How many steps did you take today? Are you sure? How do you know?
How do fitness trackers measure steps?
If you are one of the many people who use an exercise band or a smartwatch to count your steps, you may not realize an inescapable fact: they lie. The fact that they tell you that you have reached your daily goal does not mean that you have taken so many steps. The sad truth is that these devices can underestimate or overestimate the number of steps you take in a day. In fact, your counts may differ widely depending on the brand you are using.
Part of the reason is based on how they work. Today’s fitness bands use multi-axis inertial sensors called accelerometers to detect when the device is moving. Some also use gyros to determine the direction and rotation movement. Because these sensors generate so much data that the device driver must analyze and interpret them, the results can often be misunderstood and bad reports presented. In other words, what you see is not necessarily what you walk.
There may be several reasons for this.
When your exercise band interprets the data from your motion sensors, you are supposed to ignore movements that are not associated with gait. However, it is not always successful. For example, hitting the nails with a hammer can create vibrations that can be close enough to make passing movements that the data is misinterpreted as walking.
More subtle movements can also cause errors. Washing your hands, preparing food, petting your cat or using a computer mouse can also cause your device to record steps. The use of vibrating devices, such as a random orbital sander that you would use in a carpentry project, can make your tracker record hundreds of steps in just a few minutes.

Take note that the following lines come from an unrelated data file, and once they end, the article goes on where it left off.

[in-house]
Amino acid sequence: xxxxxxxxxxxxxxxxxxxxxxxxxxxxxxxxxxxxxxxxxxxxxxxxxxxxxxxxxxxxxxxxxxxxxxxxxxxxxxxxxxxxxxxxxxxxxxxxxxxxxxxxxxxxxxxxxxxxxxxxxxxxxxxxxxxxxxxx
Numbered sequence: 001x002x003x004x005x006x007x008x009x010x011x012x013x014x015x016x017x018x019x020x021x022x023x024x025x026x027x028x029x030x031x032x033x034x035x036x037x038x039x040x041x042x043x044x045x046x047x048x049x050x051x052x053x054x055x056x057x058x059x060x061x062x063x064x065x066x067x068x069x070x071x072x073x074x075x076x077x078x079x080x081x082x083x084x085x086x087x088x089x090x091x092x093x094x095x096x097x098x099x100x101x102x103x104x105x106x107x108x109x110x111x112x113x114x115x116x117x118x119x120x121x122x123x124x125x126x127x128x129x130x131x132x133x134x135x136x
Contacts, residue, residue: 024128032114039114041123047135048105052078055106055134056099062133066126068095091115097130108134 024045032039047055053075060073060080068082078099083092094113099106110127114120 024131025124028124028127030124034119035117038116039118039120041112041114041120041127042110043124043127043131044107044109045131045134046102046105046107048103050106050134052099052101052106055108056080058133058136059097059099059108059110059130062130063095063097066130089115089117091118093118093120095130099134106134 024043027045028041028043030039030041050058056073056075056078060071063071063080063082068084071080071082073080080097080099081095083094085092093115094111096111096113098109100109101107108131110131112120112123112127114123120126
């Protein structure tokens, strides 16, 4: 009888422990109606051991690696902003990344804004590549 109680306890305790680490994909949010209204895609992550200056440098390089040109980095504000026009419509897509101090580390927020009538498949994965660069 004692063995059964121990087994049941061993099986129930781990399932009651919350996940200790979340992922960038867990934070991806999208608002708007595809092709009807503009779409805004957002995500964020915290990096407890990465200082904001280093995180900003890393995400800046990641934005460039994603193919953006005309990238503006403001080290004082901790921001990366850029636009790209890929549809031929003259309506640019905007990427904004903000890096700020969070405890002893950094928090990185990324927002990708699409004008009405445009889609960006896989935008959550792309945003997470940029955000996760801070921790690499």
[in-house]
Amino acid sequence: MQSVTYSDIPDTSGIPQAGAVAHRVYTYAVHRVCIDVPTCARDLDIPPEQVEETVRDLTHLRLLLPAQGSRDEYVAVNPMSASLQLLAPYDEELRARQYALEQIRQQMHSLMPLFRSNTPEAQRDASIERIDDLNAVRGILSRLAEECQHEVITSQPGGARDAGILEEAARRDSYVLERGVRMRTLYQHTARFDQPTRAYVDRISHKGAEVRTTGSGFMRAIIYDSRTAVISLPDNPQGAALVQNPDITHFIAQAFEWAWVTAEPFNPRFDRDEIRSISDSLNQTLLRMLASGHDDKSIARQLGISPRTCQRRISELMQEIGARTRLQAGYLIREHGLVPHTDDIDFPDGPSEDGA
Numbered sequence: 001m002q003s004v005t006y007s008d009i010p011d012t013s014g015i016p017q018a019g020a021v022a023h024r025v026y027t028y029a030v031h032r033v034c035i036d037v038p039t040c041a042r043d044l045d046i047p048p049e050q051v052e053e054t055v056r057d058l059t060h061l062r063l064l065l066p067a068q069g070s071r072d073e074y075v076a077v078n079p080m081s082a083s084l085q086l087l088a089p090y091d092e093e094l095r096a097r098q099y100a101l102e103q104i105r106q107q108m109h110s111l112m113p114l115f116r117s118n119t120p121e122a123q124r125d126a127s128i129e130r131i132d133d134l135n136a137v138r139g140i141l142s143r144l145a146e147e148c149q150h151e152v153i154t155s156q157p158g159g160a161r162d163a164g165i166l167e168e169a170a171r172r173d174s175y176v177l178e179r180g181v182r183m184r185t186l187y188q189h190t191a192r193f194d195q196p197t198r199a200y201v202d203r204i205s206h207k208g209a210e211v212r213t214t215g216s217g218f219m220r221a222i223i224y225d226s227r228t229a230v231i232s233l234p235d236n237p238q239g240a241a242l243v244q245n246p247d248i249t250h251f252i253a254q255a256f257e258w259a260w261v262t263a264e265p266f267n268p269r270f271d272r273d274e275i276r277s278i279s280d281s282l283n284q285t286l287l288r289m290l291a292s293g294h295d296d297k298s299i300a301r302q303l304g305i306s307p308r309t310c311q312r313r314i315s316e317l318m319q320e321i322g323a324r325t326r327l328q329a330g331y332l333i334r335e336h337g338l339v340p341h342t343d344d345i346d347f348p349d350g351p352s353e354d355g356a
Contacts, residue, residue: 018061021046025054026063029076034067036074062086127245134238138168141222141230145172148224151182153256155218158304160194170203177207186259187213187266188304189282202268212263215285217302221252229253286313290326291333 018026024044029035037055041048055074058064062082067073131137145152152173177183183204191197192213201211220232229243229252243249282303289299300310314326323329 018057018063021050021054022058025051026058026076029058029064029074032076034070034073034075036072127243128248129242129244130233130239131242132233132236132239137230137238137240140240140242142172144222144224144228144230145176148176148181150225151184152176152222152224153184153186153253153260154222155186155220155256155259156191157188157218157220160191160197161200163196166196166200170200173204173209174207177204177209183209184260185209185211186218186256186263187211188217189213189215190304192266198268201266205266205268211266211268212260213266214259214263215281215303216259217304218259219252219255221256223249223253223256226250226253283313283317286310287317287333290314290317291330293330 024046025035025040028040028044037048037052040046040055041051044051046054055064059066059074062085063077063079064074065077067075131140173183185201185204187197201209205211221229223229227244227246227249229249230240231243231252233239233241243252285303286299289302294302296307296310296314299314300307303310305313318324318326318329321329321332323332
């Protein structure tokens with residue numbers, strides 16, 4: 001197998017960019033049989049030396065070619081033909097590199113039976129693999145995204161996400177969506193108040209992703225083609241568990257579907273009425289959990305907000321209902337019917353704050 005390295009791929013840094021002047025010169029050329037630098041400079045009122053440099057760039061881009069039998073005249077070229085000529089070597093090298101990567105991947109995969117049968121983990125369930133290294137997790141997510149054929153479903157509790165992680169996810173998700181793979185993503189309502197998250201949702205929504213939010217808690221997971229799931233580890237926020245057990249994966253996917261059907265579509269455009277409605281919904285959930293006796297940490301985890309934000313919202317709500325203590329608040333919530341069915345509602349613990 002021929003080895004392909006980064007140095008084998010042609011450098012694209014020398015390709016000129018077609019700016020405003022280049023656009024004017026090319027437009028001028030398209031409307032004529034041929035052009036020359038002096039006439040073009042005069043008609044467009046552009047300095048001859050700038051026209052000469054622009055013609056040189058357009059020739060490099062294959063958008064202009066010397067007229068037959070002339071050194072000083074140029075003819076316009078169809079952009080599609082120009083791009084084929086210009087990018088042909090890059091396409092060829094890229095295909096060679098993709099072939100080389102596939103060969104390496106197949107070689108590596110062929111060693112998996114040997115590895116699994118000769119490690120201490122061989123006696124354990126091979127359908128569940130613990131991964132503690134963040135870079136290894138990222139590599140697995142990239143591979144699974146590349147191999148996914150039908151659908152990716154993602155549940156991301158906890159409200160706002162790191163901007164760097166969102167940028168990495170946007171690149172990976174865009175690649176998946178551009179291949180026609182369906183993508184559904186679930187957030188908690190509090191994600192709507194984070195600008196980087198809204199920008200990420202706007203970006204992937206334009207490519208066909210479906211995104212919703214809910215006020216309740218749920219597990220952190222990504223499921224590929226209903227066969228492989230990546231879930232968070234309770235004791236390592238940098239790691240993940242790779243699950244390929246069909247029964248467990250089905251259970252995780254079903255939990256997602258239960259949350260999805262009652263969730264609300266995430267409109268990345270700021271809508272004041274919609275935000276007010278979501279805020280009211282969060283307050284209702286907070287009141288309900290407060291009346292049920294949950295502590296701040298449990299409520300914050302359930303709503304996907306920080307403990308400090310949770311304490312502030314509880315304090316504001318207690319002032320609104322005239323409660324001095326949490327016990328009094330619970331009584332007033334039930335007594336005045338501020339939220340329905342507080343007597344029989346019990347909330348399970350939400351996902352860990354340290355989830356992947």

However, not only intentional movements can be misunderstood. Vibrations that affect all or part of your body can also cause inaccurate step counts. For example, traveling in a car, bus, train or subway can create movements that are interpreted as steps. You can add hundreds of steps while driving your car for an hour or less.
Because most trackers measure when you climb stairs or a slope, they use a combination of motion sensors and sensors that detect air pressure. As it rises, the air pressure decreases. Unfortunately, changing air pressure levels can also confuse your tracker’s count of the number of flights you have climbed.
For example, traveling in an elevator can be registered as climbing stairs. Changes in air pressure when traveling in a car or other moving vehicle can divert the account, as well as entering and leaving high-rise buildings that have an air pressure that is different from the outside. Even rapid changes in the weather can be recorded as climbing floors.
HOW TO KEEP YOUR NUMBERS ACCURATE
Therefore, trackers are not perfect for counting steps taken or flights uploaded. But you don’t need perfect accuracy to know if you have taken more or fewer steps today than yesterday. There are several things you can do to make sure you get the most accurate readings possible.
The most important first step (so to speak) to make sure your device is as accurate as possible is to read the manual. Follow the manufacturer’s instructions carefully when setting up the device and when using it. Making sure you are using the tracker correctly is more likely to result in an accurate count.
USE YOUR NONDOMINANT HAND
Many trackers request that you specify whether you are using the device in your dominant or non-dominant hand. Your dominant hand is likely to be more active, whether you are handling a tool or stirring a pot, so there will be more opportunities to make mistakes. Even if your tracker’s instructions do not cover this, consider using your device in your non-dominant hand.
Be sure to use the device so that it fits firmly on your wrist. Some people do not like a tight fit for their watch or bracelet, but if your gym band collapses on your wrist, you are likely to get a counterfeit step count. (A loose fit can also prevent heart rate sensors and other functions from working properly.)
LOG YOUR NON-ACTIVE TIMES
If you like the details, record your counts of previous and subsequent steps when you spend a long period of time sitting or doing some other activity that does not involve walking. You can then deduce these false steps from the total score of your day. This will also give you a measure of how many of these misunderstood steps occur during a typical day. You can also remove the tracker before starting activities that you know will generate false results, such as using a sander or playing a musical instrument.